Obviously speed it's not the only element of playing, but nevertheless is an unavoidable one. In other words, if it takes you three seconds to finger a chord on a guitar (or a keyboard), you cannot say that you can play. That's why I consider that I cannot play the keyboard or sight-read notes, even if I've occasionally invented melodies on it and can read a score.. slowly. :-D

The same goes for any instrument - or really any "skill".. the ability to produce musical phrases to a sufficient degree in a short amount of time.

In that sense, mouse and click aren't imho "instruments" - unless you're using them in real time.

But of course it's nitpicking, and I guess a definition can vary depending on the weight you put on the process or the output

Re: Common tools that never get used?

PostPosted: Thu Oct 10, 2019 1:56 pm
by Sam Spoons
So what would we call somebody who creates recorded music but can't sing or play an instrument in real time?

Re: Common tools that never get used?

PostPosted: Thu Oct 10, 2019 1:59 pm
by CS70
Someone skilled in music production?

Re: Common tools that never get used?

PostPosted: Thu Oct 10, 2019 2:03 pm
by Sam Spoons
I was thinking 'composer' maybe but 'programmer' or 'producer' might also be appropriate.

Re: Common tools that never get used?

PostPosted: Thu Oct 10, 2019 4:20 pm
by Watchmaker
I don't use a mixing desk although I was trained on one and thought at first that I needed it. Now I have a Mackie MCU sitting in it's box in the back of a closet.

I don't use more than one guitar at a time.

I don't use the majority of plugins I've bought

I don't use the opinions of others to overturn decisions I've made

I don't use a food processor

Re: Common tools that never get used?

PostPosted: Fri Oct 11, 2019 6:46 am
by Guest
Wow, some people here don't use EQ? I don't think I've recorded a track that didn't have some EQ boost in it. EQ is a powerful studio tool and you'd be kidding yourself if you think even the most skilled engineers shy away from boosting EQ. Forget the art of mixing. EQ is an art form on its own and everyone approaches it differently.

Re: Common tools that never get used?

PostPosted: Fri Oct 11, 2019 8:59 am
by Arpangel
Sam Spoons wrote:So what would we call somebody who creates recorded music but can't sing or play an instrument in real time?

Interesting, but where do we draw the lines? Are there any lines?
When do the loops and pre-formed beats become so easy to put together, like a Lego set, that literally anyone could make electronic music with absolutely no skill whatsoever. Does the "value" of this work reside entirely in the finished product, in which case the composer/programmer whatever you want to call them, will eventually become irrelevant, and we may as well just type some 'coordinates' and preferences into a computer and let that make the music for us, like Brian Eno's generative music, but for beat based genres, or any other genre for that matter.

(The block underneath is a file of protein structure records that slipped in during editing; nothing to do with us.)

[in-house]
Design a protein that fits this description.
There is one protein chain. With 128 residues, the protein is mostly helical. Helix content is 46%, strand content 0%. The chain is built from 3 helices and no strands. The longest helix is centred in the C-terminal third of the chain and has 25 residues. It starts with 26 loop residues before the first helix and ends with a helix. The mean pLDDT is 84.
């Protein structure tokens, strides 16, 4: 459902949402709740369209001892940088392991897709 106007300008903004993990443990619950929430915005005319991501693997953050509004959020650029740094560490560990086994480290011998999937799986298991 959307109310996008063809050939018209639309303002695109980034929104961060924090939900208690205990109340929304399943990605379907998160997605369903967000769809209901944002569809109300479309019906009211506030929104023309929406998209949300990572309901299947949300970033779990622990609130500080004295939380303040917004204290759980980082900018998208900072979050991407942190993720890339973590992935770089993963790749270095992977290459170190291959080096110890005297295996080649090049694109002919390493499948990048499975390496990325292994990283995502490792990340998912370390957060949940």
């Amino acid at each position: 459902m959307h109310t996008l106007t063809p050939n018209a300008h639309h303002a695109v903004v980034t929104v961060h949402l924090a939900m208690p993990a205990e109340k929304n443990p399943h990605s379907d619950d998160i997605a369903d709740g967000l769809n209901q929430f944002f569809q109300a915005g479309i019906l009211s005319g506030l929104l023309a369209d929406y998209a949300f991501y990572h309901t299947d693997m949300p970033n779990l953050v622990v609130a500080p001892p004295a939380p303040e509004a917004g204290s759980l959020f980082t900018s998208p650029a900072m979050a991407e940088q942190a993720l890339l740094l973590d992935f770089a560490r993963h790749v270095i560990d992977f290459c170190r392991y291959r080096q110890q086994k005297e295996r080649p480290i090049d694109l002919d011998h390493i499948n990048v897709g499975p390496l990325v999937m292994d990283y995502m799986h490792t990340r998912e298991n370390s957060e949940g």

Re: Common tools that never get used?

PostPosted: Fri Oct 11, 2019 10:20 am
by CS70
Arpangel wrote:
Interesting, but where do we draw the lines? Are there any lines?
When do the loops and pre-formed beats become so easy to put together, like a Lego set, that literally anyone could make electronic music with absolutely no skill whatsoever. Does the "value" of this work reside entirely in the finished product, in which case the composer/programmer whatever you want to call them, will eventually become irrelevant, and we may as well just type some 'coordinates' and preferences into a computer and let that make the music for us, like Brian Eno's generative music, but for beat based genres, or any other genre for that matter.

There's already plenty of music-generating software, who can write in style of known composers or new styles (read https://qz.com/488701/humans-are-confus ... -j-s-bach/ for amusement and have a look at https://analyticsindiamag.com/7-online- ... own-music/ for a recent list ).

In any genre there's lots of formulaic work (to a degree, lots of commercial music has to be that way by definition, as we buy what we like and we like what we know). And it may be a little easier to create "Bach" works than "Mozart". Stuff like soundscapes are probably also easier to create by recipe. I haven't really looked at the attempts to generate AI vocalists, but there are already and more will come.

I think for pop music what is harder (again, at the moment) is that pop is much more than just the music. It's the image, the gigs etc.

It's also arguable that making music - also in a lego manner - is a skill by itself (doesn't need to be hard, to be a skill)